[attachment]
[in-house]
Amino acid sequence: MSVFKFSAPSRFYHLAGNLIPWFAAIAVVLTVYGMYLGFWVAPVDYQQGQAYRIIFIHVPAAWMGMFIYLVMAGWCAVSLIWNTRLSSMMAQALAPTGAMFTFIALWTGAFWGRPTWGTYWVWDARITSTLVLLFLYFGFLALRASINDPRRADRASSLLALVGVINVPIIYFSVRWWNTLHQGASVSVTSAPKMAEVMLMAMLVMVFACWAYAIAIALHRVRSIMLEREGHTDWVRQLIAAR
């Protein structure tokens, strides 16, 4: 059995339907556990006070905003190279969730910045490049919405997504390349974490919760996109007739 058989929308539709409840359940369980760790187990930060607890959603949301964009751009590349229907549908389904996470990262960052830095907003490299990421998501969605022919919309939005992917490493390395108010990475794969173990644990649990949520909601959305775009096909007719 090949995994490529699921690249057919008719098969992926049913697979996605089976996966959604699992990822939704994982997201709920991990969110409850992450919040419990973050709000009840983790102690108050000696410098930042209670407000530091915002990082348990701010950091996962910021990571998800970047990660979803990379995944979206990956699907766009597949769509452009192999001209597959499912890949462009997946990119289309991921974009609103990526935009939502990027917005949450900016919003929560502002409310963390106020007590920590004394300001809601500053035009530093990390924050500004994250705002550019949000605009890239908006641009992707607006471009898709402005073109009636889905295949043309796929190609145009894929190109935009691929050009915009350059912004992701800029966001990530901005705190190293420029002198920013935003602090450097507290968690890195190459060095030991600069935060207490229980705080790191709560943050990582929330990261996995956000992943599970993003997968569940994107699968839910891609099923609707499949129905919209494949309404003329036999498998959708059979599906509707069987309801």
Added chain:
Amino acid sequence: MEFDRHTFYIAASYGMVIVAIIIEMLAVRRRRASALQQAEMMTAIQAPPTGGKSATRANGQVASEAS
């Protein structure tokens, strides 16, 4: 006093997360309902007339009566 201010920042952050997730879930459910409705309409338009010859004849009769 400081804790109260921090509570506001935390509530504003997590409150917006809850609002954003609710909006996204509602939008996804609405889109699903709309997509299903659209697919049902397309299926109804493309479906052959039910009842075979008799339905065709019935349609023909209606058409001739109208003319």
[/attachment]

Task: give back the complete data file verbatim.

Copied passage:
[in-house]
Amino acid sequence: MSVFKFSAPSRFYHLAGNLIPWFAAIAVVLTVYGMYLGFWVAPVDYQQGQAYRIIFIHVPAAWMGMFIYLVMAGWCAVSLIWNTRLSSMMAQALAPTGAMFTFIALWTGAFWGRPTWGTYWVWDARITSTLVLLFLYFGFLALRASINDPRRADRASSLLALVGVINVPIIYFSVRWWNTLHQGASVSVTSAPKMAEVMLMAMLVMVFACWAYAIAIALHRVRSIMLEREGHTDWVRQLIAAR
């Protein structure tokens, strides 16, 4: 059995339907556990006070905003190279969730910045490049919405997504390349974490919760996109007739 058989929308539709409840359940369980760790187990930060607890959603949301964009751009590349229907549908389904996470990262960052830095907003490299990421998501969605022919919309939005992917490493390395108010990475794969173990644990649990949520909601959305775009096909007719 090949995994490529699921690249057919008719098969992926049913697979996605089976996966959604699992990822939704994982997201709920991990969110409850992450919040419990973050709000009840983790102690108050000696410098930042209670407000530091915002990082348990701010950091996962910021990571998800970047990660979803990379995944979206990956699907766009597949769509452009192999001209597959499912890949462009997946990119289309991921974009609103990526935009939502990027917005949450900016919003929560502002409310963390106020007590920590004394300001809601500053035009530093990390924050500004994250705002550019949000605009890239908006641009992707607006471009898709402005073109009636889905295949043309796929190609145009894929190109935009691929050009915009350059912004992701800029966001990530901005705190190293420029002198920013935003602090450097507290968690890195190459060095030991600069935060207490229980705080790191709560943050990582929330990261996995956000992943599970993003997968569940994107699968839910891609099923609707499949129905919209494949309404003329036999498998959708059979599906509707069987309801």
Added chain:
Amino acid sequence: MEFDRHTFYIAASYGMVIVAIIIEMLAVRRRRASALQQAEMMTAIQAPPTGGKSATRANGQVASEAS
């Protein structure tokens, strides 16, 4: 006093997360309902007339009566 201010920042952050997730879930459910409705309409338009010859004849009769 400081804790109260921090509570506001935390509530504003997590409150917006809850609002954003609710909006996204509602939008996804609405889109699903709309997509299903659209697919049902397309299926109804493309479906052959039910009842075979008799339905065709019935349609023909209606058409001739109208003319």